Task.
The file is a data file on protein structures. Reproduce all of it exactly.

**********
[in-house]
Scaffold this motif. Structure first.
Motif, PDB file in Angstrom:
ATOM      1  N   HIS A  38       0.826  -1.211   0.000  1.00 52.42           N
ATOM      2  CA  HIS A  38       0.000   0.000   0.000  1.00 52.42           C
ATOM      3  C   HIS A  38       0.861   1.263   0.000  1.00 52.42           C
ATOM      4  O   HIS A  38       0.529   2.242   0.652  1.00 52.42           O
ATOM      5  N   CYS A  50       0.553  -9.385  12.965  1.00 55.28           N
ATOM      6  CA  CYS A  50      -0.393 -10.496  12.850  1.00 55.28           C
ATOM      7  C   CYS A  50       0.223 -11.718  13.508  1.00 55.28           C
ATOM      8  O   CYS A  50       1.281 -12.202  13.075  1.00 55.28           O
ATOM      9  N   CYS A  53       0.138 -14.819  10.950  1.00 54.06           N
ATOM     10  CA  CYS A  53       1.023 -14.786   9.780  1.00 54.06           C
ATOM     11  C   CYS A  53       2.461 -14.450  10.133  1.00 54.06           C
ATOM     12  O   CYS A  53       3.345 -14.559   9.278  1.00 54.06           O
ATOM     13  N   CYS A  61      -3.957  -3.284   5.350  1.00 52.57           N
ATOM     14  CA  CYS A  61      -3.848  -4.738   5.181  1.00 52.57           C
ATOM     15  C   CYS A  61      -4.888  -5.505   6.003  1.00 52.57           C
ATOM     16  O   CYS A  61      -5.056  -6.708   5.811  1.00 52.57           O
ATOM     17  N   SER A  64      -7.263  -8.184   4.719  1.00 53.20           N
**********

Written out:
[in-house]
Scaffold this motif. Structure first.
Motif, PDB file in Angstrom:
ATOM      1  N   HIS A  38       0.826  -1.211   0.000  1.00 52.42           N
ATOM      2  CA  HIS A  38       0.000   0.000   0.000  1.00 52.42           C
ATOM      3  C   HIS A  38       0.861   1.263   0.000  1.00 52.42           C
ATOM      4  O   HIS A  38       0.529   2.242   0.652  1.00 52.42           O
ATOM      5  N   CYS A  50       0.553  -9.385  12.965  1.00 55.28           N
ATOM      6  CA  CYS A  50      -0.393 -10.496  12.850  1.00 55.28           C
ATOM      7  C   CYS A  50       0.223 -11.718  13.508  1.00 55.28           C
ATOM      8  O   CYS A  50       1.281 -12.202  13.075  1.00 55.28           O
ATOM      9  N   CYS A  53       0.138 -14.819  10.950  1.00 54.06           N
ATOM     10  CA  CYS A  53       1.023 -14.786   9.780  1.00 54.06           C
ATOM     11  C   CYS A  53       2.461 -14.450  10.133  1.00 54.06           C
ATOM     12  O   CYS A  53       3.345 -14.559   9.278  1.00 54.06           O
ATOM     13  N   CYS A  61      -3.957  -3.284   5.350  1.00 52.57           N
ATOM     14  CA  CYS A  61      -3.848  -4.738   5.181  1.00 52.57           C
ATOM     15  C   CYS A  61      -4.888  -5.505   6.003  1.00 52.57           C
ATOM     16  O   CYS A  61      -5.056  -6.708   5.811  1.00 52.57           O
ATOM     17  N   SER A  64      -7.263  -8.184   4.719  1.00 53.20           N